What it is
This is simply the total weight that you lift for a given exercise or workout. For example if you did 3 sets of 10 reps with 100kg, you would have performed a total volume of 3000kg.
Why it matters
Now if you look at modern studies on the most important muscle growth variable, volume appears to be king. Now it’s incredibly important to point out that volume is only king if other variables such as intensity and RPE are sufficient. You cannot just pump out 10,000 reps with a 2kg dumbbell and wake up with huge arms.
A big issue with training to failure is that it will cut into your body’s resources. This will limit how much volume you can perform and recovery from. You will also find that if you go to failure at the beginning of your workouts, the subsequent sets and exercises will suffer in performance. Making gainz is a fine balancing act and you have to pace yourself accordingly. Imagine it more as a marathon, you wouldn’t go sprinting as fast as you can for the first mile, as you’d know the consequences down the road.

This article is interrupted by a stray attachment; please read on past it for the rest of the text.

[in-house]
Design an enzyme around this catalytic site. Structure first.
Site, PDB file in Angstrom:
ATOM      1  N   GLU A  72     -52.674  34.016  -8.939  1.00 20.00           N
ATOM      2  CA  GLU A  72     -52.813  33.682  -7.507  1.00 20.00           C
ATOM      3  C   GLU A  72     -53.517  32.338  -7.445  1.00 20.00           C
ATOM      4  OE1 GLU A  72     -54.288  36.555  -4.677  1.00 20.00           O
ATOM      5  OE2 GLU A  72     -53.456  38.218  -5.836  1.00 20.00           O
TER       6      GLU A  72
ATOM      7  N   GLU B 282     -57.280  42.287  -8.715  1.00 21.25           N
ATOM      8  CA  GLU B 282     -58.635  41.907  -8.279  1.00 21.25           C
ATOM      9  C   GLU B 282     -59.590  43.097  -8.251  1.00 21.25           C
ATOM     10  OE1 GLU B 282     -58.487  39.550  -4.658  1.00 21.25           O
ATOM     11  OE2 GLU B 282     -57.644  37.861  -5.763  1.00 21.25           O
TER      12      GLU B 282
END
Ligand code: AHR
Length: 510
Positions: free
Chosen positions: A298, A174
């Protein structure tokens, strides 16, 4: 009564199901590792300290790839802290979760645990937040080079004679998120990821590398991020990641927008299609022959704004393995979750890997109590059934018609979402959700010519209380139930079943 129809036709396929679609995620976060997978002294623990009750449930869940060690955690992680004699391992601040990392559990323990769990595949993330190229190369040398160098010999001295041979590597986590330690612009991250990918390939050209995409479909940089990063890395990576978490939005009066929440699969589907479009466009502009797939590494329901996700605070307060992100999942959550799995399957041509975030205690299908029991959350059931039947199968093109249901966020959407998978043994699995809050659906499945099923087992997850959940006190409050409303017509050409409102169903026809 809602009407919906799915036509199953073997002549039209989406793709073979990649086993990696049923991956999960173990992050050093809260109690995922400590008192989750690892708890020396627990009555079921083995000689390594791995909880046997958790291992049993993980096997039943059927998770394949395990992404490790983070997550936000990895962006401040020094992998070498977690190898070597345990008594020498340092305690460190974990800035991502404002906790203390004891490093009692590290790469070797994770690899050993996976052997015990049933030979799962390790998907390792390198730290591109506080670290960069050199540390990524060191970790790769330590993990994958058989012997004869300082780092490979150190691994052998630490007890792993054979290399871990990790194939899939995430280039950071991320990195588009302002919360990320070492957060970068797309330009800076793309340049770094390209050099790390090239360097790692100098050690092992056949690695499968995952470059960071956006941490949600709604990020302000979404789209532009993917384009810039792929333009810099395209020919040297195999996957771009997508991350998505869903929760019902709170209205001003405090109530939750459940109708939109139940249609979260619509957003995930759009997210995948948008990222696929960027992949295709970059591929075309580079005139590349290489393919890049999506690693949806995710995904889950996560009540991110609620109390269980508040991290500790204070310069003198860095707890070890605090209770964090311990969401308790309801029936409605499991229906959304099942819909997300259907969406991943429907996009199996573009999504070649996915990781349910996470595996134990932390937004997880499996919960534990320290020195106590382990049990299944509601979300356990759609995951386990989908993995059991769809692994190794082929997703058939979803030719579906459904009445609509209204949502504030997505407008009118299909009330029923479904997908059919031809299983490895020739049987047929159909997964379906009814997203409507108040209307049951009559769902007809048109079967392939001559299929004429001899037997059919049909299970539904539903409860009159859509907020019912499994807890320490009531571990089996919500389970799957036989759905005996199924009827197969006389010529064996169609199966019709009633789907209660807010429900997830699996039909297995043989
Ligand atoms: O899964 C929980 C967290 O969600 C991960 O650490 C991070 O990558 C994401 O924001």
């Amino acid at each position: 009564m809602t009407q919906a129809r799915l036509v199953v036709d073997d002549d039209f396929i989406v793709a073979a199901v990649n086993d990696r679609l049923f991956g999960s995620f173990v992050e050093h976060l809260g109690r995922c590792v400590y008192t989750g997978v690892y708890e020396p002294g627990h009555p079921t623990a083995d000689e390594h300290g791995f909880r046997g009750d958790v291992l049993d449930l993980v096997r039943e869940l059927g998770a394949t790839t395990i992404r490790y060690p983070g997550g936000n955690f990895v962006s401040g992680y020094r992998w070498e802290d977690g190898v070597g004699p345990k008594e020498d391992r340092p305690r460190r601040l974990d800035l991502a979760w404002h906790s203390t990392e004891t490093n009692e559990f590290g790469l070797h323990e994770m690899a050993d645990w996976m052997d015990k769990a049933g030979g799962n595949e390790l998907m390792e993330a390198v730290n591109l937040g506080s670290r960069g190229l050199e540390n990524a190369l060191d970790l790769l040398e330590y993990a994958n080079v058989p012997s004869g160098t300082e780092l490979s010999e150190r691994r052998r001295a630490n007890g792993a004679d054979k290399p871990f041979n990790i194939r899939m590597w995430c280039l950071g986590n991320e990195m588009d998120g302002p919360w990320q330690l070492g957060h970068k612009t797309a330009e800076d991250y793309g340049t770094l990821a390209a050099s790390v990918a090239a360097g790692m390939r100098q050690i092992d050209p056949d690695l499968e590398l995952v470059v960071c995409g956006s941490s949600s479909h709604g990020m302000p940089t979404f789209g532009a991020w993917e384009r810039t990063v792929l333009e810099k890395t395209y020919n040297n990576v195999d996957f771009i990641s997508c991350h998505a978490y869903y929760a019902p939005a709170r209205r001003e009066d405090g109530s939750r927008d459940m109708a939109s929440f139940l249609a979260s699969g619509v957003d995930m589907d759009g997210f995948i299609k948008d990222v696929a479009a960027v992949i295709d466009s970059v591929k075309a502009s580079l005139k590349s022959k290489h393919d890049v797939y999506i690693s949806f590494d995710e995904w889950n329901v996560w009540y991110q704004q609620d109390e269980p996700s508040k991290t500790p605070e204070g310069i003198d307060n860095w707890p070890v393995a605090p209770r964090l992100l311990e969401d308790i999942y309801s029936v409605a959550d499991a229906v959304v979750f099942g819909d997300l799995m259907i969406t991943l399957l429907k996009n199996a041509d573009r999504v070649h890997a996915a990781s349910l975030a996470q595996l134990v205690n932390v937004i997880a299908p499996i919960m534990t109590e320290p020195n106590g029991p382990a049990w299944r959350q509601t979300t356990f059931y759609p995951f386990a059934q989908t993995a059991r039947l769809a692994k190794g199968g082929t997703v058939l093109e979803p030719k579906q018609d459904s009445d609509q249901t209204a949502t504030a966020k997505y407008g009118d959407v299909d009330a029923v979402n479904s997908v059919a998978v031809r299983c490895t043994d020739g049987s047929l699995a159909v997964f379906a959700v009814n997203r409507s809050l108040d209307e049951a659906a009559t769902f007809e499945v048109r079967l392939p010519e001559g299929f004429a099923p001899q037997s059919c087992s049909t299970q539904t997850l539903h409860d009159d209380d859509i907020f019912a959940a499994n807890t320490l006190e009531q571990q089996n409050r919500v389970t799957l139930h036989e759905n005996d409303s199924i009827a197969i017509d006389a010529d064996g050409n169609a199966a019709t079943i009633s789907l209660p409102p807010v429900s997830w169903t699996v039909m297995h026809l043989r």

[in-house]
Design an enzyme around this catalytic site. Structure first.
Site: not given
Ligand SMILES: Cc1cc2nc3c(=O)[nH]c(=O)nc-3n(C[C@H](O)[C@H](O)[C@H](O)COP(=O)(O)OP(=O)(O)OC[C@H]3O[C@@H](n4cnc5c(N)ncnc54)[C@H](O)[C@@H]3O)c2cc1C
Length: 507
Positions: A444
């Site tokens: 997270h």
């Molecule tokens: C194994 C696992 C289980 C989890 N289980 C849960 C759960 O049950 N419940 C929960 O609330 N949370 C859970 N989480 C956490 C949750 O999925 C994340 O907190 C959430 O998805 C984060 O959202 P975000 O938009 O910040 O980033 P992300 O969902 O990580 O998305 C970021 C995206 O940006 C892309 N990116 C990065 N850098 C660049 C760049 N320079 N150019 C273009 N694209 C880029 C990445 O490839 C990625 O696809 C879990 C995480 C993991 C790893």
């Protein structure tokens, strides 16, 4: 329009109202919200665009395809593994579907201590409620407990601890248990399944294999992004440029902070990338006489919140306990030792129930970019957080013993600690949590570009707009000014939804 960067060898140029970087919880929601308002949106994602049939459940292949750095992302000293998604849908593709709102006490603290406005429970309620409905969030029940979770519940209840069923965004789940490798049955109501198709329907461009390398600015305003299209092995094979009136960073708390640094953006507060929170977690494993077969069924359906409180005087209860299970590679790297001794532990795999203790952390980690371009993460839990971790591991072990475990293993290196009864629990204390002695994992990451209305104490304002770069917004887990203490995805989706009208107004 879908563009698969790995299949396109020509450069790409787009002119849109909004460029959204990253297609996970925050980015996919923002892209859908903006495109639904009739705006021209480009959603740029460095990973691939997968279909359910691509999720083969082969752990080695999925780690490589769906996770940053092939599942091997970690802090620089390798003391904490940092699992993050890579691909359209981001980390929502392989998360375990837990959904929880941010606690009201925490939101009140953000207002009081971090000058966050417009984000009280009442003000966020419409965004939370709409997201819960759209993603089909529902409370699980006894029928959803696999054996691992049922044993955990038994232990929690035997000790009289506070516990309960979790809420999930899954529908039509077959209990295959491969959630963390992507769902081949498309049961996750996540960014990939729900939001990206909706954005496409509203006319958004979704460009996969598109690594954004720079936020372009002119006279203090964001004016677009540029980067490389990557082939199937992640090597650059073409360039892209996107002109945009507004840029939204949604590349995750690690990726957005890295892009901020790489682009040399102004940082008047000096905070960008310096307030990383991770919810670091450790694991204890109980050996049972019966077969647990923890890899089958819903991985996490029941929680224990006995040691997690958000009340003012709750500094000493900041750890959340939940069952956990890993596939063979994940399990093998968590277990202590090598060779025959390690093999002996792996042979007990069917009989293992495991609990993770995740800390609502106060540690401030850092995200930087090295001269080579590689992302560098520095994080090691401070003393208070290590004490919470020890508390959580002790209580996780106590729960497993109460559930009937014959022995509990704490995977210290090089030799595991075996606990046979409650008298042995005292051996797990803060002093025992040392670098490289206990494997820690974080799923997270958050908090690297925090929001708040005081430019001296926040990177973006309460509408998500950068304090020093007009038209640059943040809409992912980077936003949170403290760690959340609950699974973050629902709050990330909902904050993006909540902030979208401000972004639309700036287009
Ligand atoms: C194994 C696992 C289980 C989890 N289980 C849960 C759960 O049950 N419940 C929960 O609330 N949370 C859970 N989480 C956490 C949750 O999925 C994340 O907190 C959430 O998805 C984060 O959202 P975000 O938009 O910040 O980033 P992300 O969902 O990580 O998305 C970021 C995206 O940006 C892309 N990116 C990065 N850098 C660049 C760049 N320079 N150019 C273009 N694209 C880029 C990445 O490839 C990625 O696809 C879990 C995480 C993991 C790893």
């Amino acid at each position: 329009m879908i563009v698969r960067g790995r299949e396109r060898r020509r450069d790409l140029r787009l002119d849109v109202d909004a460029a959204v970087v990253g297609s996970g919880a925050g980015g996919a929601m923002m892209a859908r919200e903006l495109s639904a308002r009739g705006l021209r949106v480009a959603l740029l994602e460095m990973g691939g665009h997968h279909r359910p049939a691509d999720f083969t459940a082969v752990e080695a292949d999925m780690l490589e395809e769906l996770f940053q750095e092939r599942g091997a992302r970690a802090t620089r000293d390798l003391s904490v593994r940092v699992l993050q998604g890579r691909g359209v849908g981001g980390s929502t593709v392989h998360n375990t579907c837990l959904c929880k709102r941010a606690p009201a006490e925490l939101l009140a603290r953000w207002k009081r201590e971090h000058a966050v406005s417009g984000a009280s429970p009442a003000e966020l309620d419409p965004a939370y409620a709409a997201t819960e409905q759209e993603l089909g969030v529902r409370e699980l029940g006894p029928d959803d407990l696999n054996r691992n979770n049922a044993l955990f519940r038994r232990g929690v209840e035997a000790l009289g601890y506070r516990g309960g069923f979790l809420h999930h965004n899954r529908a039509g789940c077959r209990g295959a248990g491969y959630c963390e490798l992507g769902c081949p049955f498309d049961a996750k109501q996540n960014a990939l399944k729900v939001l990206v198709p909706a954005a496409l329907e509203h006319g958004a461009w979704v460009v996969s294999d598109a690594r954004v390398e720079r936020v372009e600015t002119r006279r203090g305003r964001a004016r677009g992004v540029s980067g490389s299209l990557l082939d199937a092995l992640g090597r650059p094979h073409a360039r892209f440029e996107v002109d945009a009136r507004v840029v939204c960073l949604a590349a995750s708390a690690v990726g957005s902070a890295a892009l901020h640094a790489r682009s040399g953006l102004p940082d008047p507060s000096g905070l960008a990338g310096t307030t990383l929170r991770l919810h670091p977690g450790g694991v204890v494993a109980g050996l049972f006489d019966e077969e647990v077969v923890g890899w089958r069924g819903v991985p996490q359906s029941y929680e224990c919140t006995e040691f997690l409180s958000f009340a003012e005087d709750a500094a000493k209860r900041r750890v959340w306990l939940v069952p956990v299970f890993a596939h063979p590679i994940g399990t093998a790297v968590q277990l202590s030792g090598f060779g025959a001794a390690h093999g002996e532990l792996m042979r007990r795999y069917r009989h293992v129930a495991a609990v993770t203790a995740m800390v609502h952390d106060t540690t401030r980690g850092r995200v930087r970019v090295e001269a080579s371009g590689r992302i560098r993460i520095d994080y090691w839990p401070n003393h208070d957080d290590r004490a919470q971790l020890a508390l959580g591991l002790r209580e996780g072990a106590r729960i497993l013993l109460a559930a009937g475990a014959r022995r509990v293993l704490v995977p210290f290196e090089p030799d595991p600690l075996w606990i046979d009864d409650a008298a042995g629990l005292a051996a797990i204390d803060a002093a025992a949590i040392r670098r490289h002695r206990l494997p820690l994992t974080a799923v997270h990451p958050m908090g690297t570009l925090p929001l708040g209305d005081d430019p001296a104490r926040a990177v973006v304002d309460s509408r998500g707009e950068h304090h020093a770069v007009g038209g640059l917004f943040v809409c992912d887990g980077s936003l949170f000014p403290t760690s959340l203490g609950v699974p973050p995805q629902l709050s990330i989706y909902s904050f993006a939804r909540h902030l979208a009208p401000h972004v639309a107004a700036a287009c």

If you want to train to failure do it in a way that will have the least negative impact on the volume you can perform. Only go to failure or perform other advanced methods:
On the last set/s of a bodypart
Do not compromise your whole workout, just because you wanted to go hard as a mofo on the first set.
In workouts where you feel up for more
If you feel fatigued or stressed out avoid going to failure and save it for a better day. This is called self-regulation and will keep you in the game longer.
Factor 4: Intensity: This is defined as the % of your 1 Rep max.
*This is not to be confused with how much effort (RPE) you are giving.
What it is
If you can lift 100kg for 1 rep and decide to do a set with 85kg you’ll be working at 85% intensity. There is a direct link between number of reps possible and intensity. Typically 85% intensity will allow you to do 5-6 reps, while a lower intensity of 70% will allow you to do around 11 or 12. Bare in mind that these numbers are based on maximum effort and can vary per person and muscle group.